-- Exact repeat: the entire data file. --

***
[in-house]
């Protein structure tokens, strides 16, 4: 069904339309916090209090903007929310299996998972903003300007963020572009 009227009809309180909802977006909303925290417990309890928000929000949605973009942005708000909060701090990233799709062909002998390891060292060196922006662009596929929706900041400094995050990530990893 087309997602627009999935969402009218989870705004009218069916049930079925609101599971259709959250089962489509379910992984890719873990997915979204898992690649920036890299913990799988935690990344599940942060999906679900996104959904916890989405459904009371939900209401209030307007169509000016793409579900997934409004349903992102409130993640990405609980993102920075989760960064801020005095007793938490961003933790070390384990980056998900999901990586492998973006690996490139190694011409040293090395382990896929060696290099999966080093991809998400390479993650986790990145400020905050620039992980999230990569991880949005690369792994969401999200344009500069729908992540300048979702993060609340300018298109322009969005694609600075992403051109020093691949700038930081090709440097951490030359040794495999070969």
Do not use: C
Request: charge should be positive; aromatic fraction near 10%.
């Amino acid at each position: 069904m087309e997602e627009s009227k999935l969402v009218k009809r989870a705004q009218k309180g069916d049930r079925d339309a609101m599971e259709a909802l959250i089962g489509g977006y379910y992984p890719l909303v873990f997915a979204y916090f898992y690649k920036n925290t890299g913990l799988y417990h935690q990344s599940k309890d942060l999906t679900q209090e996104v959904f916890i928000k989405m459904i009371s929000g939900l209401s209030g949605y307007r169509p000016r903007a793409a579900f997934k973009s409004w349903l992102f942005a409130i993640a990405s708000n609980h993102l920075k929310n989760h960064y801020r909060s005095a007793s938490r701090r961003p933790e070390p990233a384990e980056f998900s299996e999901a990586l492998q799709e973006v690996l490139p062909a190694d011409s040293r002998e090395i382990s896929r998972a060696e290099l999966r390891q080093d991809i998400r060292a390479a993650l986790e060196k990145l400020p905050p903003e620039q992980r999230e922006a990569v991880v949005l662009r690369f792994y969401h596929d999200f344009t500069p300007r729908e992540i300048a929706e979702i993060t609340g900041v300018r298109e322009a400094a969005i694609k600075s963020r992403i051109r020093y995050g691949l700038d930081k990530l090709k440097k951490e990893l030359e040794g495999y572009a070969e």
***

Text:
[in-house]
């Protein structure tokens, strides 16, 4: 069904339309916090209090903007929310299996998972903003300007963020572009 009227009809309180909802977006909303925290417990309890928000929000949605973009942005708000909060701090990233799709062909002998390891060292060196922006662009596929929706900041400094995050990530990893 087309997602627009999935969402009218989870705004009218069916049930079925609101599971259709959250089962489509379910992984890719873990997915979204898992690649920036890299913990799988935690990344599940942060999906679900996104959904916890989405459904009371939900209401209030307007169509000016793409579900997934409004349903992102409130993640990405609980993102920075989760960064801020005095007793938490961003933790070390384990980056998900999901990586492998973006690996490139190694011409040293090395382990896929060696290099999966080093991809998400390479993650986790990145400020905050620039992980999230990569991880949005690369792994969401999200344009500069729908992540300048979702993060609340300018298109322009969005694609600075992403051109020093691949700038930081090709440097951490030359040794495999070969």
Do not use: C
Request: charge should be positive; aromatic fraction near 10%.
């Amino acid at each position: 069904m087309e997602e627009s009227k999935l969402v009218k009809r989870a705004q009218k309180g069916d049930r079925d339309a609101m599971e259709a909802l959250i089962g489509g977006y379910y992984p890719l909303v873990f997915a979204y916090f898992y690649k920036n925290t890299g913990l799988y417990h935690q990344s599940k309890d942060l999906t679900q209090e996104v959904f916890i928000k989405m459904i009371s929000g939900l209401s209030g949605y307007r169509p000016r903007a793409a579900f997934k973009s409004w349903l992102f942005a409130i993640a990405s708000n609980h993102l920075k929310n989760h960064y801020r909060s005095a007793s938490r701090r961003p933790e070390p990233a384990e980056f998900s299996e999901a990586l492998q799709e973006v690996l490139p062909a190694d011409s040293r002998e090395i382990s896929r998972a060696e290099l999966r390891q080093d991809i998400r060292a390479a993650l986790e060196k990145l400020p905050p903003e620039q992980r999230e922006a990569v991880v949005l662009r690369f792994y969401h596929d999200f344009t500069p300007r729908e992540i300048a929706e979702i993060t609340g900041v300018r298109e322009a400094a969005i694609k600075s963020r992403i051109r020093y995050g691949l700038d930081k990530l090709k440097k951490e990893l030359e040794g495999y572009a070969e």